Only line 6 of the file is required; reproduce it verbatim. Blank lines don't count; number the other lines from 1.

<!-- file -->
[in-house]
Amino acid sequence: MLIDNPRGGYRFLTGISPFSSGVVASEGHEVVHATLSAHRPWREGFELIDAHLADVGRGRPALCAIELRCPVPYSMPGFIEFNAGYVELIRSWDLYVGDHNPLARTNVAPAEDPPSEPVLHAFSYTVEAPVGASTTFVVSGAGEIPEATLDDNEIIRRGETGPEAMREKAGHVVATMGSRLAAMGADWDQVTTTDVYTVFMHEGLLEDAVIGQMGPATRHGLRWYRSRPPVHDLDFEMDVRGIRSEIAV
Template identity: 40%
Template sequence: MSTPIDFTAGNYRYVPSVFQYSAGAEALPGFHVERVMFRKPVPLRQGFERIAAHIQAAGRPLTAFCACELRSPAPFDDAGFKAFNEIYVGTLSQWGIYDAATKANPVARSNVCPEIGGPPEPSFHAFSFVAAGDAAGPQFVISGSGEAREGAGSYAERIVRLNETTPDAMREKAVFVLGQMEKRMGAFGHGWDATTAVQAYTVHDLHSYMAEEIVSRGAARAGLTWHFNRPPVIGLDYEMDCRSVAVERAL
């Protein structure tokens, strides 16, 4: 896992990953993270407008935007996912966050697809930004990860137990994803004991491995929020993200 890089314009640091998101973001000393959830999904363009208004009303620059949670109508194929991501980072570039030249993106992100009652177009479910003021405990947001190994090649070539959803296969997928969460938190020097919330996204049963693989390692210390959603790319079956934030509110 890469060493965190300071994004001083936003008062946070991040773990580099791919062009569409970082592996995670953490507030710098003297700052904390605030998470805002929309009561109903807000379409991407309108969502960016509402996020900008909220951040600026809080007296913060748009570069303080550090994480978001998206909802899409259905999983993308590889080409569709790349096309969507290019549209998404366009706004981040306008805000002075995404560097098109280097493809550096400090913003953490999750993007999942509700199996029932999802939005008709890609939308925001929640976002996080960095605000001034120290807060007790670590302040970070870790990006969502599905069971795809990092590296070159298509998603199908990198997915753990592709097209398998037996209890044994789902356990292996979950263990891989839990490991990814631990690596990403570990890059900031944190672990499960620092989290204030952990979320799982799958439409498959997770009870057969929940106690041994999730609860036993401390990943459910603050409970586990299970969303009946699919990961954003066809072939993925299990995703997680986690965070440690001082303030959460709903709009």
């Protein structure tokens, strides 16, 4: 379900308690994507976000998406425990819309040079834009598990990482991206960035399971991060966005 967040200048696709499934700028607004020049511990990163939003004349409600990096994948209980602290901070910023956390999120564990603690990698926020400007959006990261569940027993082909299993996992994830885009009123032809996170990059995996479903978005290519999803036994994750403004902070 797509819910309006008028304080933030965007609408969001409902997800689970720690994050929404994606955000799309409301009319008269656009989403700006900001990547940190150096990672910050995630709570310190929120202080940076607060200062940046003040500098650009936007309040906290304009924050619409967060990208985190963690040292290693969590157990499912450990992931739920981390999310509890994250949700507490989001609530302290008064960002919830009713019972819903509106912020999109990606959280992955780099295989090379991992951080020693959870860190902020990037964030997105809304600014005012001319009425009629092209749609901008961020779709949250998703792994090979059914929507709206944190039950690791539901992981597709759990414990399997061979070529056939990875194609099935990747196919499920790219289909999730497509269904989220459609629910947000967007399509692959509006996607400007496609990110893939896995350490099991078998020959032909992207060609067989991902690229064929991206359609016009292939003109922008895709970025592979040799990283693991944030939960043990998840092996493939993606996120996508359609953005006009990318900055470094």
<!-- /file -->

């Protein structure tokens, strides 16, 4: 379900308690994507976000998406425990819309040079834009598990990482991206960035399971991060966005 967040200048696709499934700028607004020049511990990163939003004349409600990096994948209980602290901070910023956390999120564990603690990698926020400007959006990261569940027993082909299993996992994830885009009123032809996170990059995996479903978005290519999803036994994750403004902070 797509819910309006008028304080933030965007609408969001409902997800689970720690994050929404994606955000799309409301009319008269656009989403700006900001990547940190150096990672910050995630709570310190929120202080940076607060200062940046003040500098650009936007309040906290304009924050619409967060990208985190963690040292290693969590157990499912450990992931739920981390999310509890994250949700507490989001609530302290008064960002919830009713019972819903509106912020999109990606959280992955780099295989090379991992951080020693959870860190902020990037964030997105809304600014005012001319009425009629092209749609901008961020779709949250998703792994090979059914929507709206944190039950690791539901992981597709759990414990399997061979070529056939990875194609099935990747196919499920790219289909999730497509269904989220459609629910947000967007399509692959509006996607400007496609990110893939896995350490099991078998020959032909992207060609067989991902690229064929991206359609016009292939003109922008895709970025592979040799990283693991944030939960043990998840092996493939993606996120996508359609953005006009990318900055470094």